TAMPA — It's time to quit typing and drive.
Florida's new ban on texting while driving takes effect Tuesday, tagging violators with a $30 first-offense fine. And while texting while behind the wheel has become ubiquitious, some of the worst offenders tend to be new drivers, which is where the educational efforts about the new law are being concentrated.
Hillsborough County schools spokeswoman Tanya Arja said the district's educational campaign includes input from AAA, the state Department of Transportation, the Hillsborough County Sheriff's Office and the Tampa Police Department. The campaign is entitled “Put It Down.”
T-shirts will be distributed next week warning teen drivers about the dangers of texting on the road. Similar announcements will be made at all of the county's high schools.
The campaign tells students: “The law is here,” Arja said. “You shouldn't have been doing it in the first place and now it's illegal.”
Pinellas County schools also are busy educating students on the dangers of texting and driving, said Melanie Marquez Parra, spokeswoman for the district.
“It's important for all students to be aware that this law is in effect,” she said. “This is a part we can play to help them be safe.”
The campaign utilizes school websites and newsletters, morning announcement programs and school marquees.
Administrators also are producing a 30-second public service announcement that will be posted on the district's website.
“We're also putting up signs at the exits of all the high schools and vocational centers,” Marquez Parra said.
The texting ban, which was signed into law by Gov. Rick Scott in May, covers tablet computers as well as mobile phones, but exempts drivers using talk-to-text technology. A subsequent violation within five years adds three points to the driver's license and carries a $60 fine.
The law allows drivers to text while stopped at a red light.
Florida became the 41st state to adopt a texting-while-driving ban since Connecticut passed the first such law in 2006. Other states adopted similar laws in a flurry of legislation occurring since 2009.
Texting behind the wheel of a moving car in Florida will be a secondary offense, meaning a driver can't read or send a text while driving, but law enforcement officers can't stop texters if that's all they're doing wrong. Police must have another reason to conduct a traffic stop.
Seatbelt laws in Florida started out the same way, but now, an unfastened seatbelt is a primary offense and police can issue seatbelt tickets without having another reason to pull a vehicle over.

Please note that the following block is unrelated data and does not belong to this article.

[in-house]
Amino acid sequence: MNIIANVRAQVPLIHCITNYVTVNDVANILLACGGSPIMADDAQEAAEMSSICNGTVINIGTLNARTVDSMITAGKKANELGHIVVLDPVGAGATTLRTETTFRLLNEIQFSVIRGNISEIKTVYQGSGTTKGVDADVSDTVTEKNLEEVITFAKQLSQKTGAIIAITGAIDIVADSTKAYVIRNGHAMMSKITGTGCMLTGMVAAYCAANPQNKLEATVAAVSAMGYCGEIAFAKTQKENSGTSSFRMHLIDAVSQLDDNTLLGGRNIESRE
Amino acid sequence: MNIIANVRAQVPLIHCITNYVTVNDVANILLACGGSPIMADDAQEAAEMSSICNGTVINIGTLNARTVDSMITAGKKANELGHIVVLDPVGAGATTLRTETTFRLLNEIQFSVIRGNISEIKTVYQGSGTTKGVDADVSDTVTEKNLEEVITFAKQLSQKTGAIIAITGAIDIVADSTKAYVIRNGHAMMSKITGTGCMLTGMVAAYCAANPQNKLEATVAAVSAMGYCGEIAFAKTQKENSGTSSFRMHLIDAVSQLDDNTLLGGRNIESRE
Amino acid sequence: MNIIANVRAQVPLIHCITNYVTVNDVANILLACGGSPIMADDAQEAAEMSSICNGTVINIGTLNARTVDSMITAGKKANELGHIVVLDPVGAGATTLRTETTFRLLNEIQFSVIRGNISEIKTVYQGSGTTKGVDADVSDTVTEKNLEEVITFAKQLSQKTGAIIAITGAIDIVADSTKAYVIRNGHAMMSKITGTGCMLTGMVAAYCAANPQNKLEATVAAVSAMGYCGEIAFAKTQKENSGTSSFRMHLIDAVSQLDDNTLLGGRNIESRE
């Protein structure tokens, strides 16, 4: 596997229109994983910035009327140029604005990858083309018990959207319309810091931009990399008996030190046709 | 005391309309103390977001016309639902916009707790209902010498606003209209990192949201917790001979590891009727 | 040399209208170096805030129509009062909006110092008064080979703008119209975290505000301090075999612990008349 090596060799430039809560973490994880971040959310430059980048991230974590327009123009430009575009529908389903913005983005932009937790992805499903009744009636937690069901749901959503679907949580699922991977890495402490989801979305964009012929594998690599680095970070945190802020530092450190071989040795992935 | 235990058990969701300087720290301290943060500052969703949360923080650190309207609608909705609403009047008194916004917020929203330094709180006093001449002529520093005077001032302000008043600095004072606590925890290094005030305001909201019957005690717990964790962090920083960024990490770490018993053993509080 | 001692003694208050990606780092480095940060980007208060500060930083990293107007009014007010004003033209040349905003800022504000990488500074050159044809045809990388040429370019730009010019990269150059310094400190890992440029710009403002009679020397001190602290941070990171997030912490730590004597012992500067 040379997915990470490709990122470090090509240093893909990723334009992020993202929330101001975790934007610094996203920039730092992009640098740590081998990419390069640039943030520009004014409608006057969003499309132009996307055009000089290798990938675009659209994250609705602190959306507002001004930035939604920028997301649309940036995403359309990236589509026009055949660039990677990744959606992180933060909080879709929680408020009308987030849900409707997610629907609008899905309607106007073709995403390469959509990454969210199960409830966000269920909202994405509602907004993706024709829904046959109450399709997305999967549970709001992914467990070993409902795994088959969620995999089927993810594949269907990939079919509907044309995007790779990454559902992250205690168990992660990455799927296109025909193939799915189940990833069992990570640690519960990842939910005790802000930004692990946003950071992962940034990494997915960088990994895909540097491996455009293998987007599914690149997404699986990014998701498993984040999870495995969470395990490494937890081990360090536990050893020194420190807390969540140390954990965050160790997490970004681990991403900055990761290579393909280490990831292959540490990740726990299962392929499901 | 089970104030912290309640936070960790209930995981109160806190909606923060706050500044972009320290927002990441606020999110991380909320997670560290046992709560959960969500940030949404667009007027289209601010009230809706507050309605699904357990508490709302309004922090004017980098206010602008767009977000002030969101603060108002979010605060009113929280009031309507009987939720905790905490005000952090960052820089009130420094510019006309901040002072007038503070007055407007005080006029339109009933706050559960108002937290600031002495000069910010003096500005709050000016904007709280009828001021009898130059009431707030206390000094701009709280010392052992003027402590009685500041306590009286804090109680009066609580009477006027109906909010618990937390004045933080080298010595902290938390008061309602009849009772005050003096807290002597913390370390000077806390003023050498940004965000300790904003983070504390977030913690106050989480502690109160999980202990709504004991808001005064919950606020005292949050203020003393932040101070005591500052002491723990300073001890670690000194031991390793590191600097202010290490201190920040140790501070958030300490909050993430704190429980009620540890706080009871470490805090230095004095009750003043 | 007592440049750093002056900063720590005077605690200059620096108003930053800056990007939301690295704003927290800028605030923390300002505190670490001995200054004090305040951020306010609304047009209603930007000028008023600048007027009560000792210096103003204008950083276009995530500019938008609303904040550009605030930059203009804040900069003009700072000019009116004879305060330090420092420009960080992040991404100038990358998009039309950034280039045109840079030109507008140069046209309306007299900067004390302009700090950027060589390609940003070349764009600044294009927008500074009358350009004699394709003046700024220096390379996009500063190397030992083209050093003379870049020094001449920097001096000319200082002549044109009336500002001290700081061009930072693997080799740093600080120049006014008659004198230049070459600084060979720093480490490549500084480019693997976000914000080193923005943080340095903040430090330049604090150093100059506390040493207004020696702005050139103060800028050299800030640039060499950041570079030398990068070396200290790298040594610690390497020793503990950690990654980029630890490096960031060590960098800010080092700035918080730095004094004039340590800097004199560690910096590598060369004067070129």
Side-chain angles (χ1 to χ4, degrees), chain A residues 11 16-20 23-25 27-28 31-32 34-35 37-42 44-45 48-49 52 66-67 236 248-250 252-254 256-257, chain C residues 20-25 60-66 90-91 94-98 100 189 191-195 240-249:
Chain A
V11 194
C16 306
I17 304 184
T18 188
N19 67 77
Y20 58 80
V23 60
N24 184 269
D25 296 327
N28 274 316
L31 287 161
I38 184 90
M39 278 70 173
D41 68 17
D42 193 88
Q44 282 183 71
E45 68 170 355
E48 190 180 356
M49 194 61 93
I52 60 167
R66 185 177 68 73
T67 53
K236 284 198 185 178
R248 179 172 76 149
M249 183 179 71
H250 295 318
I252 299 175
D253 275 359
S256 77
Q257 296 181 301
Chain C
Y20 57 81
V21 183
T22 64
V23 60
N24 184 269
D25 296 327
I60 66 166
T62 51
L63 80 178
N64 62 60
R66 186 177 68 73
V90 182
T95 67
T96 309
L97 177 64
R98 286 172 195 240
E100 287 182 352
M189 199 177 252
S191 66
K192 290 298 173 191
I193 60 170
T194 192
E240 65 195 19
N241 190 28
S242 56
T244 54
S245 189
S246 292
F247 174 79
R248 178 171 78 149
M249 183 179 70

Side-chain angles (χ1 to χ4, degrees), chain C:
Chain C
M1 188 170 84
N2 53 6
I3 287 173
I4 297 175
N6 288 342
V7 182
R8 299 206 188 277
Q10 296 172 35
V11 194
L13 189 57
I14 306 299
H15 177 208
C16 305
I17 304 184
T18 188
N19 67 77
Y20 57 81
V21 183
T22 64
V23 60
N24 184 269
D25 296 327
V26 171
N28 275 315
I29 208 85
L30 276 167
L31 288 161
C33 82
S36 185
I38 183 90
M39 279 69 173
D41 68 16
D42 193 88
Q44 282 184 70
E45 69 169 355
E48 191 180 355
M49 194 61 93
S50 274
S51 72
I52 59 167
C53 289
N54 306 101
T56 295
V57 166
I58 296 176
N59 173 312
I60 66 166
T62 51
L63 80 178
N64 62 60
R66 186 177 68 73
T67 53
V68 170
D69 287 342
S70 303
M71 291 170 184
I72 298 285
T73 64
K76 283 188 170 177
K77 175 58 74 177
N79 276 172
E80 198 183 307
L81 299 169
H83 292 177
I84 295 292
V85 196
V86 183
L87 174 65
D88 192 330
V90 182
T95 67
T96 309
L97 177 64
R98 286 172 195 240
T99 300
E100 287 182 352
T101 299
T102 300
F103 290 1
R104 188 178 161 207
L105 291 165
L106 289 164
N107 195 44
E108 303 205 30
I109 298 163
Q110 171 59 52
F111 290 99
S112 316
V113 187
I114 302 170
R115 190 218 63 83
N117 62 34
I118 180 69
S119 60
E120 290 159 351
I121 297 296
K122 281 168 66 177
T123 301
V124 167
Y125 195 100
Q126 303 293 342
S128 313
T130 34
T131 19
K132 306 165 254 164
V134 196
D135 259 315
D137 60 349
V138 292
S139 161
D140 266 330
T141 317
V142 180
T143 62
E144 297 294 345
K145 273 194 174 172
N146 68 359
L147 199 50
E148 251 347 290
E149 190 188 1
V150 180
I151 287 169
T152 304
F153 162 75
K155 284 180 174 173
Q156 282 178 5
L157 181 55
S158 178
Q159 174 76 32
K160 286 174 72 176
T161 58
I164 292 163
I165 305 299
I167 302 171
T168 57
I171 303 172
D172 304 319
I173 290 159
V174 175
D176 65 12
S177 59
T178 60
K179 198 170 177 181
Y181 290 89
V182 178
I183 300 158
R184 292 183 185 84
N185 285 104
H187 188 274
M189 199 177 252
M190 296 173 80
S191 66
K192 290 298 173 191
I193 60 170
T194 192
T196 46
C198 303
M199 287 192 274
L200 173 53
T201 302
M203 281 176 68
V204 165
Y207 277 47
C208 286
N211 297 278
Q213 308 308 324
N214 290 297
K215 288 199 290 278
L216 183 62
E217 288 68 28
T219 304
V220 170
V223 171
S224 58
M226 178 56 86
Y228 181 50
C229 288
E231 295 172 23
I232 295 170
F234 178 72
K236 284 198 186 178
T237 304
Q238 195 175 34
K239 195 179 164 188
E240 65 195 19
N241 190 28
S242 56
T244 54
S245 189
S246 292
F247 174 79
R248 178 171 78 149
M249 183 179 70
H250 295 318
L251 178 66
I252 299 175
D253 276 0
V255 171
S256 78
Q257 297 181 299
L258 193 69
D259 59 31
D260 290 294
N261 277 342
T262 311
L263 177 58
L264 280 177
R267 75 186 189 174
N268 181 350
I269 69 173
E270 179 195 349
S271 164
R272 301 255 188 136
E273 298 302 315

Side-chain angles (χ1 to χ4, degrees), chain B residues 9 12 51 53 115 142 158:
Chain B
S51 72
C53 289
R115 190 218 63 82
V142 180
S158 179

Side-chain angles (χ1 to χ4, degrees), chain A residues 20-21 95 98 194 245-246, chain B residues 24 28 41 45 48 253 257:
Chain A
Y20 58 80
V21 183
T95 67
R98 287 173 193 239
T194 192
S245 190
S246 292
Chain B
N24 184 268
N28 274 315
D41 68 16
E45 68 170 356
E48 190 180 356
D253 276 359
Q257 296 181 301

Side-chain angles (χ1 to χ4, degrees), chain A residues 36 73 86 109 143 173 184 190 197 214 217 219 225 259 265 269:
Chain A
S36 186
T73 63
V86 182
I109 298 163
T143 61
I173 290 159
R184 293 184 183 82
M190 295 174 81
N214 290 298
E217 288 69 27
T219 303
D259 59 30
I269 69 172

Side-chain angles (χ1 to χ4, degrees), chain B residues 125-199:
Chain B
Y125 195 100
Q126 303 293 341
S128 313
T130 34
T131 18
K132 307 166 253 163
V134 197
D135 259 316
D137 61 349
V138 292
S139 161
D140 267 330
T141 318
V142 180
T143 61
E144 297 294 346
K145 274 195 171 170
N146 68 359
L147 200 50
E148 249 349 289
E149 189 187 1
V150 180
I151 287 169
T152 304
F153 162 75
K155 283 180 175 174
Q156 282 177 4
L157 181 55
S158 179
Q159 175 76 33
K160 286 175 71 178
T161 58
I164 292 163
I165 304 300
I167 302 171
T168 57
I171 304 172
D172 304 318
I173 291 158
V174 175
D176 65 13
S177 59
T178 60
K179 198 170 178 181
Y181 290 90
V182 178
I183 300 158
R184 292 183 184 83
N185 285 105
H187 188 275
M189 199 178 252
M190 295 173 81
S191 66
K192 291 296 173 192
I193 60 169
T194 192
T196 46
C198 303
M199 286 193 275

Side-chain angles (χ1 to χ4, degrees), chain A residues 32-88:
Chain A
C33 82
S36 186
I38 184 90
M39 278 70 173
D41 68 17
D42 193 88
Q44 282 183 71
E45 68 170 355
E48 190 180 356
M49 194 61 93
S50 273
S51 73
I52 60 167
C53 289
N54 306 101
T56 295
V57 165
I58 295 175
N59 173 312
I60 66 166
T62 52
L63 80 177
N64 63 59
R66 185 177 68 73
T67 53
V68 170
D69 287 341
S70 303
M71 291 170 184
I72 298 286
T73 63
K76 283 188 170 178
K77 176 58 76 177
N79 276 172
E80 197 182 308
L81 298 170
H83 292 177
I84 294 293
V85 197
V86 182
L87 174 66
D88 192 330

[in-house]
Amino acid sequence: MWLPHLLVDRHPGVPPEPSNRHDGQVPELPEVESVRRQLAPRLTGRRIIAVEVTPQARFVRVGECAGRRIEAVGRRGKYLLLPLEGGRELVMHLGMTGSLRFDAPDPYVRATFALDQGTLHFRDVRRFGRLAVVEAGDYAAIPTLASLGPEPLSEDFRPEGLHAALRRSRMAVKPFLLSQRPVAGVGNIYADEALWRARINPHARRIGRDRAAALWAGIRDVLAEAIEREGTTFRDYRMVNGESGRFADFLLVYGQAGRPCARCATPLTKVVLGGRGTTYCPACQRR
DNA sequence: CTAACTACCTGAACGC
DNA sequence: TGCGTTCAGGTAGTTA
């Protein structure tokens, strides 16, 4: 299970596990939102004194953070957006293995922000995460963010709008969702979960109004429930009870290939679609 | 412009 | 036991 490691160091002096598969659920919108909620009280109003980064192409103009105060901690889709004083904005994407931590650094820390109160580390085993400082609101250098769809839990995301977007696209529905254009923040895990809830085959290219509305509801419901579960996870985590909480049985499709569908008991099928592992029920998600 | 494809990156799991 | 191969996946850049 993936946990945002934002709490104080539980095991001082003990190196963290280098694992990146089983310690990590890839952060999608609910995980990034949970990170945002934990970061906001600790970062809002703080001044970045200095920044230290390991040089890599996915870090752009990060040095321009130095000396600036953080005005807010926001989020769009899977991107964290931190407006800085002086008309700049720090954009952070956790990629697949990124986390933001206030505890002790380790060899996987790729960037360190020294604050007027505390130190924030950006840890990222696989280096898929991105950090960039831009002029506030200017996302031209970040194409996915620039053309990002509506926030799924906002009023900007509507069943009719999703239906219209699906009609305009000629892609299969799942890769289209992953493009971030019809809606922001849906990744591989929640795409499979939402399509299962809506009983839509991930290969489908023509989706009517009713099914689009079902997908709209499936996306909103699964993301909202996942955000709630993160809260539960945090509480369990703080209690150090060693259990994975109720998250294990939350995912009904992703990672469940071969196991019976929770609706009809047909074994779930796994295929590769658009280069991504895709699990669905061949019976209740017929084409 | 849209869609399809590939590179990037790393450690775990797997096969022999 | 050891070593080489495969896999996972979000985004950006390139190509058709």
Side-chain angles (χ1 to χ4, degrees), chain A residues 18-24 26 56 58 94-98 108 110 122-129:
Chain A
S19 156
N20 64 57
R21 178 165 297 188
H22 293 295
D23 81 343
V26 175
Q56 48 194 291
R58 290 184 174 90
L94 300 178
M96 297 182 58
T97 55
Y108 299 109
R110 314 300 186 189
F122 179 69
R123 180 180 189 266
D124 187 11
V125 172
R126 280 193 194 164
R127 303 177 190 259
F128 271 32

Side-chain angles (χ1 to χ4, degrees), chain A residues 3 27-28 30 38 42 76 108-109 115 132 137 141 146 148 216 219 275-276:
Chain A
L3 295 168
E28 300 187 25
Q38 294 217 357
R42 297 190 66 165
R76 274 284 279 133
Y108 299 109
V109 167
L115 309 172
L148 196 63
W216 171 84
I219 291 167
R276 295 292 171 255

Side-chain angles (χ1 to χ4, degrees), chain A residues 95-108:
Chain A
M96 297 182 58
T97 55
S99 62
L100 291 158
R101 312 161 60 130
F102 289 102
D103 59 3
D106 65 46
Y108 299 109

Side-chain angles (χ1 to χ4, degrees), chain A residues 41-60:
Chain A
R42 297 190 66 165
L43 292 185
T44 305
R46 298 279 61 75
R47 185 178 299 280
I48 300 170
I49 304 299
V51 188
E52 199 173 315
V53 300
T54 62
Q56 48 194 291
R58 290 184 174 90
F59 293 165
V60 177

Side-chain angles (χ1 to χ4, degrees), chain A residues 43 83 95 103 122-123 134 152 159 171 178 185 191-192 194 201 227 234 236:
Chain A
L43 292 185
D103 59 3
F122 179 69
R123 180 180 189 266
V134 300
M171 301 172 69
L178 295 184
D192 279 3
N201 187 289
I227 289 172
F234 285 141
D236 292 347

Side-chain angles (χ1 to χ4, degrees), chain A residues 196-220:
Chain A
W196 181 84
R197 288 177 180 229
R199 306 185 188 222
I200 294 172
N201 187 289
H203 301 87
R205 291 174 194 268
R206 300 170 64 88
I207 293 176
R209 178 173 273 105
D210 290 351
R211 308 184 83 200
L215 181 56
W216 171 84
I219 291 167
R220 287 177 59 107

Of the 41 states that have outlawed texting while driving, 37 have made it a primary offense, according to the Governors Highway Safety Association.
In Connecticut, a recent survey by an insurance carrier said most drivers who text on the go got sneakier about it once the law passed.
Plymouth Rock Assurance, an automobile insurance carrier that serves vehicle owners in New England, conducted the Connecticut Distracted Driving Study to measure the awareness of and response to the state's distracted driving laws. “While the majority (89 percent) knew that texting while driving is prohibited,” the survey said, “less than 20 percent of people who admitted to texting while driving were willing to stop.”
Connecticut Department of Motor Vehicles spokesman Ernie Bertothy said the state recently tightened the law making it an offense to text even while the car is stopped, like at a red light.
Plenty of motorists in Connecticut have paid the price for texting behind the wheel.
According to the National Highway Traffic Safety Administration, Connecticut law enforcement officers have handed out 117,000 cell phone and distracted driving citations since the law went into effect.
Whether Florida drivers will continue to text and drive remains to be seen in spite of the safety arguments like the warning from the Federal Motor Carrier Safety Administration that drivers who text avert their eyes from the road for almost five seconds. At 55 mph, a driver can cross the equivalent of a football field without looking up while sending or reading a text.
Additionally, a Florida Department of Highway Safety and Motor Vehicles report said that of the 256,443 reported traffic crashes in Florida last year, nearly 5,000 involved drivers who were texting or using some sort of “electronic communication device.”
Safety concerns notwithstanding, getting Sunshine State lawmakers to pass the texting law took some time.
The Florida Legislature had debated the law for four years. Each time, the proposal fell to the opposition of House Republicans, whose conservative members voiced concerns about government intrusion into people's lives.
As a concession this year, the House added a provision that allows police to use drivers' mobile phone records against them only when texting causes a fatal crash.